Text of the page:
time irritate the mucus membranes of the eyes and lead to worse tearing or eye
crust. Some dogs also GROW hair from the cornea of their eyes (if you look at
the ShihTzu breed, they are prone to have active hair follicles which produce
actual hair and it will grow from the eye and cause it to tear or weep
constantly). Look at the dog's eyes to be sure that indeed no hair is growing
from the eye surface. I know it sounds weird- but it is possible.
As groomers we also need to do a very thorough job of
washing the pet’s face at each groom. I personally will clipper the face some
before the bath so that I know I can get in there very well when using my
fingers to scrub the face. I use a good clarifying tearless shampoo, or a
facial wash on the face to be sure that it is completely clean and odor free
when they leave the salon. Dogs with allergies should not have highly colored
or fragranced topicals (shampoos, conditioners, coat sprays and colognes) used
on them as fragrance is one of the most common causes of allergic reaction
relating to the grooming experience. I also personally wash the face well first
and then wash the rest of the dog- allowing the face to soak in the shampoo-
before rinsing the entire dog in the tub.
Keeping the eyes well trimmed of surrounding hair, or
looking for ingrown eyelashes and plucking them if needed, noting any lumps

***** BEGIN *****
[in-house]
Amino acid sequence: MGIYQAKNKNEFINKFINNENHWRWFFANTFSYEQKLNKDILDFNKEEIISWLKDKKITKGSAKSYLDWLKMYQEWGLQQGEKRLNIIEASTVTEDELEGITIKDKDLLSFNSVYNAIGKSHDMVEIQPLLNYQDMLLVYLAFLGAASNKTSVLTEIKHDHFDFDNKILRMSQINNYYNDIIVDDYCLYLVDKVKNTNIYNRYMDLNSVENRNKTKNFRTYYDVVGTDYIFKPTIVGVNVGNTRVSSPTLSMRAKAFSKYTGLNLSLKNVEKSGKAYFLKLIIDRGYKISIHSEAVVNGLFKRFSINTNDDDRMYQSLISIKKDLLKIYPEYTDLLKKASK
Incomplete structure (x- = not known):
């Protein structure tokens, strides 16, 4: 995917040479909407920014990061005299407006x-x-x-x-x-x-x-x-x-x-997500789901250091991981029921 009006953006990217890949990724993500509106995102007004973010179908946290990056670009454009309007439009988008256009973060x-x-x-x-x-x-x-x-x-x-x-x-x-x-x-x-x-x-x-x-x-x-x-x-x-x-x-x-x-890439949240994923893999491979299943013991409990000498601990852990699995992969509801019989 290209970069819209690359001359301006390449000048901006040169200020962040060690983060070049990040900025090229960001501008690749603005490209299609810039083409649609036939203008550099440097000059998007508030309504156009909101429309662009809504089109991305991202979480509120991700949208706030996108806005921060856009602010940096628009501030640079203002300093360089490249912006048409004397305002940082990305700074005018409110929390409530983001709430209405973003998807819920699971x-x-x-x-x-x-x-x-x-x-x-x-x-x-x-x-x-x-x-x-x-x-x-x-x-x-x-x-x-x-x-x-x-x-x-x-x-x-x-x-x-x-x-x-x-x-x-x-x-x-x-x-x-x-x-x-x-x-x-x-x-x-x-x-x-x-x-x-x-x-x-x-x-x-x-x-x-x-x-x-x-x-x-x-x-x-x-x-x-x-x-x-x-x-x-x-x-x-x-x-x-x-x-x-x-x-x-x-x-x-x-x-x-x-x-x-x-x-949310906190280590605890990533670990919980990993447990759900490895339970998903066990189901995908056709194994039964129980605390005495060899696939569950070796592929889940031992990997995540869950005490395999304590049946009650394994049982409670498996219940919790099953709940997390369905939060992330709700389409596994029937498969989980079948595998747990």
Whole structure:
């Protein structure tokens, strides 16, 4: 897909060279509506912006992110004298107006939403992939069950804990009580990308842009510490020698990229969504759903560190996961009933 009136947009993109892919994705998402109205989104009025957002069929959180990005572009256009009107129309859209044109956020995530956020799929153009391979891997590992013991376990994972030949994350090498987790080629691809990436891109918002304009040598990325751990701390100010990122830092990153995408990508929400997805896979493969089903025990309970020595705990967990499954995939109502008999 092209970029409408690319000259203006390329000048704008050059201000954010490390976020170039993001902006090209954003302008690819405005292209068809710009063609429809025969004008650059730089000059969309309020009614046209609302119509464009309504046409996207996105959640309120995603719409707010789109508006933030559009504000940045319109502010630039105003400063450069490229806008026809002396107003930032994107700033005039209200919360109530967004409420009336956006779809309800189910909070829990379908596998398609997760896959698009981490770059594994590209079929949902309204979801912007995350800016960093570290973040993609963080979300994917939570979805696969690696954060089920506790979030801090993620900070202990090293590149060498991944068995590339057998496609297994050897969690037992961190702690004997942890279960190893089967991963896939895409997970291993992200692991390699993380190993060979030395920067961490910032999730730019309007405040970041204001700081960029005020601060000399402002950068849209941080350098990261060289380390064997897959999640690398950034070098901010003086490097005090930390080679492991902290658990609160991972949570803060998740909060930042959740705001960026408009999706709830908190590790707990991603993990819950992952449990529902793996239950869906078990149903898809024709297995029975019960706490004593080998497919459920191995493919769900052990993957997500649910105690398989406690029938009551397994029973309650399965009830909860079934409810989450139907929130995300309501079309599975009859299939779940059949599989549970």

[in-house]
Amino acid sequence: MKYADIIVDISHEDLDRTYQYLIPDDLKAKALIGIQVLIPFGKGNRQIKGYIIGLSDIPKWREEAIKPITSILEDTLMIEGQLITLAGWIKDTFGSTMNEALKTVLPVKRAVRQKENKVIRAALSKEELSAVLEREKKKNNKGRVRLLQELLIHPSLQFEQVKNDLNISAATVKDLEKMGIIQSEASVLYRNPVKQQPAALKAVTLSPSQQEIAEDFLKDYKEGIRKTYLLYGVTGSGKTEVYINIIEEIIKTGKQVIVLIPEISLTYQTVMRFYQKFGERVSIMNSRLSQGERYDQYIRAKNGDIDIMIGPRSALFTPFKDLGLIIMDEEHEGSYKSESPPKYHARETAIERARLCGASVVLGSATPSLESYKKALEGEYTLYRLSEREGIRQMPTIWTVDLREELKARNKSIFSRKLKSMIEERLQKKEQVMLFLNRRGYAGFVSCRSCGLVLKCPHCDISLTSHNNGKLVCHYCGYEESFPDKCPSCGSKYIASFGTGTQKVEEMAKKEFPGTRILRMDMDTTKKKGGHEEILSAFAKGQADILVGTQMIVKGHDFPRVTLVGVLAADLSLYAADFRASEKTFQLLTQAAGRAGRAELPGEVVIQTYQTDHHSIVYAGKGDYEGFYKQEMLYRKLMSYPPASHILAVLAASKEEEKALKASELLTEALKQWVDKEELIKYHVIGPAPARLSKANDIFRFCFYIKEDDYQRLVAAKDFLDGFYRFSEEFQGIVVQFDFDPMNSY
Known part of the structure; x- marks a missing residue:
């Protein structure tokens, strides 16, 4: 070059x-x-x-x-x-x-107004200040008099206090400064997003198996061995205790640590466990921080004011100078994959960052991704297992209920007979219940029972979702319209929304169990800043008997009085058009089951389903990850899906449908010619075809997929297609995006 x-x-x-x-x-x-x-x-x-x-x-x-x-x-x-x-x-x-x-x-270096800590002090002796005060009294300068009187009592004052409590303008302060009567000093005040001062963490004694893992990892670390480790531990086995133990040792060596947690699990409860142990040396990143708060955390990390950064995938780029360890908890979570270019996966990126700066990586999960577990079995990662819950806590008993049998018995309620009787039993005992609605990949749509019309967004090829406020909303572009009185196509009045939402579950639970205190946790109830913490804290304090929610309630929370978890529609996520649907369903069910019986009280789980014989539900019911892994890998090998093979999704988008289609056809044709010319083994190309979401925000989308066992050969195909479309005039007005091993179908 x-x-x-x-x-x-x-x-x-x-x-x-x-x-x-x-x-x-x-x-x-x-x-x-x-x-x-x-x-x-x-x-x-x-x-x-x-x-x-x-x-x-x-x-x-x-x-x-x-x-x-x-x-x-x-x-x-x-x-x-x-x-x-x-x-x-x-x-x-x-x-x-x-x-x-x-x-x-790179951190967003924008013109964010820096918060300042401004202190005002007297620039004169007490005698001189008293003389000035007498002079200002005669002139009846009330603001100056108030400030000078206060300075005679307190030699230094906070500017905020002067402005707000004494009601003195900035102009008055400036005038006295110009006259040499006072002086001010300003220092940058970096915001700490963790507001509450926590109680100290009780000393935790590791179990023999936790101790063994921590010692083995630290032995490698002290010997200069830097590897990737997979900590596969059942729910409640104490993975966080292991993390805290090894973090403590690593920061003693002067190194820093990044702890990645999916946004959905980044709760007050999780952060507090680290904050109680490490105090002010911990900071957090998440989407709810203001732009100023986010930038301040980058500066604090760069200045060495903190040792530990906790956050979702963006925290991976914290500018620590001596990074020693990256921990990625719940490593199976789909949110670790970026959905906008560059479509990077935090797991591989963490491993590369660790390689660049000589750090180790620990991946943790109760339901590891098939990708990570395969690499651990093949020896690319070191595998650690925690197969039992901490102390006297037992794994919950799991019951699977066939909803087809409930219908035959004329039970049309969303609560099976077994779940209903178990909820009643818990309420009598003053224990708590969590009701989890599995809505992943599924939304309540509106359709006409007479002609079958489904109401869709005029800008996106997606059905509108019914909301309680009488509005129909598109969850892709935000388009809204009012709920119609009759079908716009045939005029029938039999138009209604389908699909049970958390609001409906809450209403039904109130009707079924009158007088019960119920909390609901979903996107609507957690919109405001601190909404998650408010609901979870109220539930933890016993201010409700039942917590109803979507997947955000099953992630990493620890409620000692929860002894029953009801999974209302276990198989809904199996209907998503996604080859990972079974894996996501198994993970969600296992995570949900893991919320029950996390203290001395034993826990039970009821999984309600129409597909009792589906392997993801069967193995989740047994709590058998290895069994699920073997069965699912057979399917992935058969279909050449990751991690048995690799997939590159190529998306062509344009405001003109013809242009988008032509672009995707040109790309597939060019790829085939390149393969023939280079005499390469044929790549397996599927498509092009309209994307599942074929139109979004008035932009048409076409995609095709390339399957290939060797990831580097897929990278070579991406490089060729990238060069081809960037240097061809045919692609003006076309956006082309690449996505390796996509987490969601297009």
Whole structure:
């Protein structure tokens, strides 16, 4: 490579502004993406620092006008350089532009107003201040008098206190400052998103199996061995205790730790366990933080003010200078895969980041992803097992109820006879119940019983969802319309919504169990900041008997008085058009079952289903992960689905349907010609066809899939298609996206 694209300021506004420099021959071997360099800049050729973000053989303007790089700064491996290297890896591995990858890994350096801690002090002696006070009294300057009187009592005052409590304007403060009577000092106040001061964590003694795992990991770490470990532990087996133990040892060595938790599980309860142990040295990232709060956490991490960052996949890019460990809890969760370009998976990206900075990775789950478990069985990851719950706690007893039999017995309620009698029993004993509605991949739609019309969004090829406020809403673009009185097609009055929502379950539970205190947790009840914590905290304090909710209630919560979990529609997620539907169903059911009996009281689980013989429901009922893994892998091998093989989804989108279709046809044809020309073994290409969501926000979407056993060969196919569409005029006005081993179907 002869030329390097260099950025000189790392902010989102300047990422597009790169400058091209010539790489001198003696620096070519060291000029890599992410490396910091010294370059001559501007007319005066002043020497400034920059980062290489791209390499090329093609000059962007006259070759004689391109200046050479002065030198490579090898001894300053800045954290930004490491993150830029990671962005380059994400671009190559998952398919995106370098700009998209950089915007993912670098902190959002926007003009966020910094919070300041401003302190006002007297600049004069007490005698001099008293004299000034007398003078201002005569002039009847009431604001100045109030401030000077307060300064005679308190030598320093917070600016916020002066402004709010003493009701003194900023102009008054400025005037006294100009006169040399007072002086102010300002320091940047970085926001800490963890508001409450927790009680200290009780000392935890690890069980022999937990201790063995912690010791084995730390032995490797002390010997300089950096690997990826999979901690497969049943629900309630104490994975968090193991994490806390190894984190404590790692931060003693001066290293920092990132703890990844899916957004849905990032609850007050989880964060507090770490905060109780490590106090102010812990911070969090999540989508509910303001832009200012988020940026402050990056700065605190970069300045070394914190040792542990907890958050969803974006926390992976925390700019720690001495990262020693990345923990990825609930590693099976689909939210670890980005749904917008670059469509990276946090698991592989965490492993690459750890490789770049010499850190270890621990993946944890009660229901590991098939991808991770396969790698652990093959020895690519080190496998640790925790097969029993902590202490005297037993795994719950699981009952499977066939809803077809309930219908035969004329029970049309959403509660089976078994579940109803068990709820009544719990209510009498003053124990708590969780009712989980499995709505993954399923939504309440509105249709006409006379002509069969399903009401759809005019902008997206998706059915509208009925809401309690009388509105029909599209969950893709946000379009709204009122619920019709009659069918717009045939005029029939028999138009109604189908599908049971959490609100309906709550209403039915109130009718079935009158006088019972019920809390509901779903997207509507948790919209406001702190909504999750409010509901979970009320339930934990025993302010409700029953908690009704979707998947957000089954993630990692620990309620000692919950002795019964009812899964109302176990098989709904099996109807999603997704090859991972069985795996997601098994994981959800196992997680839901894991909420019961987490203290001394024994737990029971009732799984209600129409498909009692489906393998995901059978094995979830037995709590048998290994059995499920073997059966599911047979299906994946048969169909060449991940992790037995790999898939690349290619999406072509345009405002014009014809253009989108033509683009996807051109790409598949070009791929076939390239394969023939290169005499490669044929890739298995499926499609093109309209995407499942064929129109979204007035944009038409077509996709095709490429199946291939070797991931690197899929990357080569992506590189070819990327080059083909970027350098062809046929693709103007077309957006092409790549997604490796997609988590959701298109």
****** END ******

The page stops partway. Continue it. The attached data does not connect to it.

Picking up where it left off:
along the eyelid which can sometimes be calcium deposits- which can block the
tear duct and interrupt regular tear production, or noticing an ingrown hair,
these can cause the tears to pool on the eye and the eye to be always irritated
and therefor to weep in effort to cleanse itself- by looking for these things
we can often find a topical reason for weepy eyes. Remember that inhalant or
contact allergies (those where direct exposure can cause the eyes to be
irritated much the same as with humans) can also cause weeping.
Once diet is out of the equation, the hair around the eyes
is trimmed away from the eyes (or banded
and wrapped if the pet is kept in full coat)- and hopefully there is no
hair growing from the eye itself- if the face is kept clean and as dry as possible,
you will most likely see a drastic change.
At home, the owner feeding these things can also help lower
elevated yeast levels in the dog's body:
Extra Virgin Cold Pressed Coconut Oil (does an excellent and
quick job of killing back yeast and can also be rubbed directly onto the coat,
into ears and into the foot pads of dogs with a bad allergic response)
High quality, grain free food or super premium food and
treats if the pet is sure to not have grain allergies (the most common type of
food allergy is to grains- notably corn)
As groomers, cleaning and trimming will give us the best and
fastest results for the client and their pet. To completely end yeast as much
as possible, the owner will also have to follow up with at home care. As well,
they will need a vet who does not off the cuff prescribe a steroid or
antibiotics to end what they see as an allergic reaction and can commonly only
be yeast overproduction which has the same accompanying symptoms as allergies:
itchiness or painful areas, discolored hair and skin, skin lesions or loss of
hair from licking and/or chewing, and a strong odor. Symptomatic pets need a vet with an open mind
and not just allopathic care methods.
When you have time, do some online reading on "yeast
and dogs", there's a whole world of info out there arising about yeast and
allergies and supportive veterinary care for the canine.
Hope that this helps!